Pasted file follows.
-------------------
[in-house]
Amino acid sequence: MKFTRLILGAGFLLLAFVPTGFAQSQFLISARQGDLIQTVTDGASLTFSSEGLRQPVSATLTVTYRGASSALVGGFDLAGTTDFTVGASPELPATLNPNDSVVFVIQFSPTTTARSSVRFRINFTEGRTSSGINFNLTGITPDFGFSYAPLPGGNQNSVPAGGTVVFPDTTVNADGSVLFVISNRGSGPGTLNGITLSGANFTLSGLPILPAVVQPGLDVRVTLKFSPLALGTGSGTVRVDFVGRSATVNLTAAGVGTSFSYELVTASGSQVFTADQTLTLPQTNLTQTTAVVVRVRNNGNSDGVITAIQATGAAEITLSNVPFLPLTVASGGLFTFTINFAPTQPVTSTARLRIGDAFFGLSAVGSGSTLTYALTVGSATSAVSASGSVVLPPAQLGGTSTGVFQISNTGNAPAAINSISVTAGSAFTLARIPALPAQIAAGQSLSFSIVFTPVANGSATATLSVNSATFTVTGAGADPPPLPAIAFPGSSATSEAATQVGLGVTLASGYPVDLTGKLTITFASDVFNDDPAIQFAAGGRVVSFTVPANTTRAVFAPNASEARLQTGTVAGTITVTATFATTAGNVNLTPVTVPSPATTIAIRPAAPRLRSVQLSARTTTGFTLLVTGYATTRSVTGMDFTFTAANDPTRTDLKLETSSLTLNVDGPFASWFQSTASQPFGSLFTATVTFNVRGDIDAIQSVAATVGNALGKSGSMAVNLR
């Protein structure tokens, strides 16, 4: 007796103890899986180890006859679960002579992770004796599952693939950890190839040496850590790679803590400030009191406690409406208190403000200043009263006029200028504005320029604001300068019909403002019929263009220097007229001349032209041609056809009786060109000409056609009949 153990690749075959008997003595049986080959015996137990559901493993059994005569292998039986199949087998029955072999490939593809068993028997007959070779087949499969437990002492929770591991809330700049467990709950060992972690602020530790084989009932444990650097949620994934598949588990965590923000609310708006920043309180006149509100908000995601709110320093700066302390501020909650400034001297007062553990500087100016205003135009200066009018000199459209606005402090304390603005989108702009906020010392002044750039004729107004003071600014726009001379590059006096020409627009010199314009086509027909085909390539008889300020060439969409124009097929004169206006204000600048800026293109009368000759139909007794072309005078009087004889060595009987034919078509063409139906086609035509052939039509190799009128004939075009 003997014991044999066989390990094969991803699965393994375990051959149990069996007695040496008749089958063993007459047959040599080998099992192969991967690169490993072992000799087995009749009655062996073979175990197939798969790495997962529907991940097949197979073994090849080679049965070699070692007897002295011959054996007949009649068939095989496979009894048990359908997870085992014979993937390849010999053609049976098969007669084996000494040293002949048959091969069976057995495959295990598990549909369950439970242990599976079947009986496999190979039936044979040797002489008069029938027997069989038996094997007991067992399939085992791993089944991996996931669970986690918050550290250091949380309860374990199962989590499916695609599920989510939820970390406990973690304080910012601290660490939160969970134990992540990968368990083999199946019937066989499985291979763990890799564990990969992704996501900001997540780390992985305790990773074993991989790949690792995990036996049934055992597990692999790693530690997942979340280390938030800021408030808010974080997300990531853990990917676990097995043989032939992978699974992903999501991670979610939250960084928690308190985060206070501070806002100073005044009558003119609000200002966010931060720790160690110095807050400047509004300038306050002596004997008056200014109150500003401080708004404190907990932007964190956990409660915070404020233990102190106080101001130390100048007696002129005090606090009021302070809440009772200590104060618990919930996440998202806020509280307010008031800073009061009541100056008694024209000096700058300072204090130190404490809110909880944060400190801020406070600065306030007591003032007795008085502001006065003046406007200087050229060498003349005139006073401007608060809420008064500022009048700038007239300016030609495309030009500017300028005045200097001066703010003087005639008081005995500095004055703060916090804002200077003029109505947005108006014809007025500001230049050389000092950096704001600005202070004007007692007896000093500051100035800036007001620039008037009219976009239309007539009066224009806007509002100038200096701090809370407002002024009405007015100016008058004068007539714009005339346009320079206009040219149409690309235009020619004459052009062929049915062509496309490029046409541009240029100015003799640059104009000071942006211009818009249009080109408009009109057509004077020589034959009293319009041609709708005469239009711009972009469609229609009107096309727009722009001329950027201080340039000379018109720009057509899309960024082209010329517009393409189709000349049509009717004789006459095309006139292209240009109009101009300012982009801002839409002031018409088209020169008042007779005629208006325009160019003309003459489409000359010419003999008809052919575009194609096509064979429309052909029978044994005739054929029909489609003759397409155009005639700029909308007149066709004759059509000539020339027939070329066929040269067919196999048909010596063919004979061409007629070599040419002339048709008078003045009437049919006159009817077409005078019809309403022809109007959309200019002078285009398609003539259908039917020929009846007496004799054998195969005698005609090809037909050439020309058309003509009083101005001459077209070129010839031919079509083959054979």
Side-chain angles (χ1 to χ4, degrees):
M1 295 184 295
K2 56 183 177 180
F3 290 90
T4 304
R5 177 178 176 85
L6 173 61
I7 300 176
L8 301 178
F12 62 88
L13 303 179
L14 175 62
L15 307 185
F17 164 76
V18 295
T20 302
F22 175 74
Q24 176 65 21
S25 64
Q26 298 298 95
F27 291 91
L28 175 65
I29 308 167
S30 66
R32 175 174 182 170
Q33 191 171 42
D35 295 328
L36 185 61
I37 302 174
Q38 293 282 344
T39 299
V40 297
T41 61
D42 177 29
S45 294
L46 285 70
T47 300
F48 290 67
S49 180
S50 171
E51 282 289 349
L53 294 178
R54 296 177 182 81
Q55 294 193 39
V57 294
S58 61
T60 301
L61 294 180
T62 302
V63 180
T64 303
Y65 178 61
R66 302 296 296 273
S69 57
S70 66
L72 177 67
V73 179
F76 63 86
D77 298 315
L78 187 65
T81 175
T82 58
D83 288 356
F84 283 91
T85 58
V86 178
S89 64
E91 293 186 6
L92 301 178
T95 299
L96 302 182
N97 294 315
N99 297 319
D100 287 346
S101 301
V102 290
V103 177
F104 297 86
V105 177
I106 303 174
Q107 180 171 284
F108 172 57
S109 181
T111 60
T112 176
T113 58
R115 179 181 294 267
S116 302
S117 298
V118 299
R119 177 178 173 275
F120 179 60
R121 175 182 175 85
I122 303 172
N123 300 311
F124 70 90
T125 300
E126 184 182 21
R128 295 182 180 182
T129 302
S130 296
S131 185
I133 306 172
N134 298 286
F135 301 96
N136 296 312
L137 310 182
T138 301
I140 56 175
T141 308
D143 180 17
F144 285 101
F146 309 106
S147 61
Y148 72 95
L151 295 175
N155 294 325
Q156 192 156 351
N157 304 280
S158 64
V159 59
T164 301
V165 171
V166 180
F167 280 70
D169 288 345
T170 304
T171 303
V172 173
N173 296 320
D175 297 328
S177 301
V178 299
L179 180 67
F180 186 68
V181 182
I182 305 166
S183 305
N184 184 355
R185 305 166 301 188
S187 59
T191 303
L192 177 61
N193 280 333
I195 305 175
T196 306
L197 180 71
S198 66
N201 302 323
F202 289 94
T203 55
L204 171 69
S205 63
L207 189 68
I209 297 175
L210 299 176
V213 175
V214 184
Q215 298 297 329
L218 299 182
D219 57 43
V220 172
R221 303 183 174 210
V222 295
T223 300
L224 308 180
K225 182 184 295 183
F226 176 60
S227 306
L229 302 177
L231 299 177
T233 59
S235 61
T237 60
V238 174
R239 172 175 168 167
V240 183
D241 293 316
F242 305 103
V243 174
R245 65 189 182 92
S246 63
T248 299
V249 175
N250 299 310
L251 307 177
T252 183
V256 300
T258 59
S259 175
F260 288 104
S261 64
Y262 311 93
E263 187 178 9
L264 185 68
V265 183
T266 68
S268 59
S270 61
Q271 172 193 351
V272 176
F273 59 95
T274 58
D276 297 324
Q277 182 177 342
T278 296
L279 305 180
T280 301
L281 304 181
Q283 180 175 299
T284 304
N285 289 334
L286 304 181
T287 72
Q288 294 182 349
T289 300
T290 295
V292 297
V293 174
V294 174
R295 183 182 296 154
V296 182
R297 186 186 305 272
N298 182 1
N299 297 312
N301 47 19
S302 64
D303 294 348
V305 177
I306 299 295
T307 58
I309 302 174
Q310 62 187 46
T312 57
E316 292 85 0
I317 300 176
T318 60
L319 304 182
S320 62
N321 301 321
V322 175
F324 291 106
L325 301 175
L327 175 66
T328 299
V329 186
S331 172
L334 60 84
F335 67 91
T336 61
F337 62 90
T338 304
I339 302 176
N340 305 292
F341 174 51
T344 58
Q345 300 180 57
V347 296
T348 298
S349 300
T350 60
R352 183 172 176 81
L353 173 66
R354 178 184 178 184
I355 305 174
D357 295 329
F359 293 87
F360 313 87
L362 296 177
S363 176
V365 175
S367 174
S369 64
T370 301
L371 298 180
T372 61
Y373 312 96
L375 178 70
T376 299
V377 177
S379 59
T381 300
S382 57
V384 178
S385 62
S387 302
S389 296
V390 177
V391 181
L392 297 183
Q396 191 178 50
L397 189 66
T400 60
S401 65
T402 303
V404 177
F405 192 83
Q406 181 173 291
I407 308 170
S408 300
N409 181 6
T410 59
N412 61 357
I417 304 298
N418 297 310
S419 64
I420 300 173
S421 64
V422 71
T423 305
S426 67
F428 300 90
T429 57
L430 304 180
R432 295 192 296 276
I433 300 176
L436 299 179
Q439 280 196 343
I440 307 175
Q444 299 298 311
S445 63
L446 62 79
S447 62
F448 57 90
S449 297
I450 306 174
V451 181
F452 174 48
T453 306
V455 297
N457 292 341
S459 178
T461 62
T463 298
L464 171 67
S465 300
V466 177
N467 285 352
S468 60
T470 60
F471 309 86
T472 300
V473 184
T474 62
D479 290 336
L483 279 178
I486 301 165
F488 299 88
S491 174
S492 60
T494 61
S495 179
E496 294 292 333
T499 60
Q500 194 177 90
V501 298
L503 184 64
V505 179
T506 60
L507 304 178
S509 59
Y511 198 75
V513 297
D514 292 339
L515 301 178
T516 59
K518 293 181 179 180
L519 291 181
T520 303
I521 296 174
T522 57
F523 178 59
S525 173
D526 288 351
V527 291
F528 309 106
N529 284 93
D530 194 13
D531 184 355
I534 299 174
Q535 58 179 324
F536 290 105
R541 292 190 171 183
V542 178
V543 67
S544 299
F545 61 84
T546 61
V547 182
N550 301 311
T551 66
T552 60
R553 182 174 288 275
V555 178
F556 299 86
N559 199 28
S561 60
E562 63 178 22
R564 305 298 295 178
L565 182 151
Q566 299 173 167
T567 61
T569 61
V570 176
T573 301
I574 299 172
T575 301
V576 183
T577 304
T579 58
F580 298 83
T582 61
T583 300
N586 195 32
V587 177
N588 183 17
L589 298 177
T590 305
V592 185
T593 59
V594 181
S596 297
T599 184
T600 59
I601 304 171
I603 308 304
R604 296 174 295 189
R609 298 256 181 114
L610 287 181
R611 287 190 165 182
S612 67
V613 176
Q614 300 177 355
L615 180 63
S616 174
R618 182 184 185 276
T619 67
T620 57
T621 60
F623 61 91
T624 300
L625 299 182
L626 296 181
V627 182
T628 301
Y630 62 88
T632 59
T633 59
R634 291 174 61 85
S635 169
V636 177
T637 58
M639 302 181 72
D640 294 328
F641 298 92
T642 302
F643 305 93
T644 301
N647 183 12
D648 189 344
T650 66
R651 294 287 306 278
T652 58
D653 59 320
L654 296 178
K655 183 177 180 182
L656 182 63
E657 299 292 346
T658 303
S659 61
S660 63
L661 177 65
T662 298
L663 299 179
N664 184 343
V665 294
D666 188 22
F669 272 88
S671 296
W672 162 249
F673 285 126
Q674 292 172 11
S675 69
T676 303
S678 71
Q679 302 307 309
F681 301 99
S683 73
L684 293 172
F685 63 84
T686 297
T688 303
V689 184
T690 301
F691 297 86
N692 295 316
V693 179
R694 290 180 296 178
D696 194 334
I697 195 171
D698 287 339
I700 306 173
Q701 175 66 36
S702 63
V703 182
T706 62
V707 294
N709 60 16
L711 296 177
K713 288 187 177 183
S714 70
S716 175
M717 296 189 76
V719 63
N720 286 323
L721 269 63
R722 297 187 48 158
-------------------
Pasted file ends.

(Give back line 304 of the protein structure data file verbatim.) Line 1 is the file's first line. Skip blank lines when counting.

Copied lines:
N409 181 6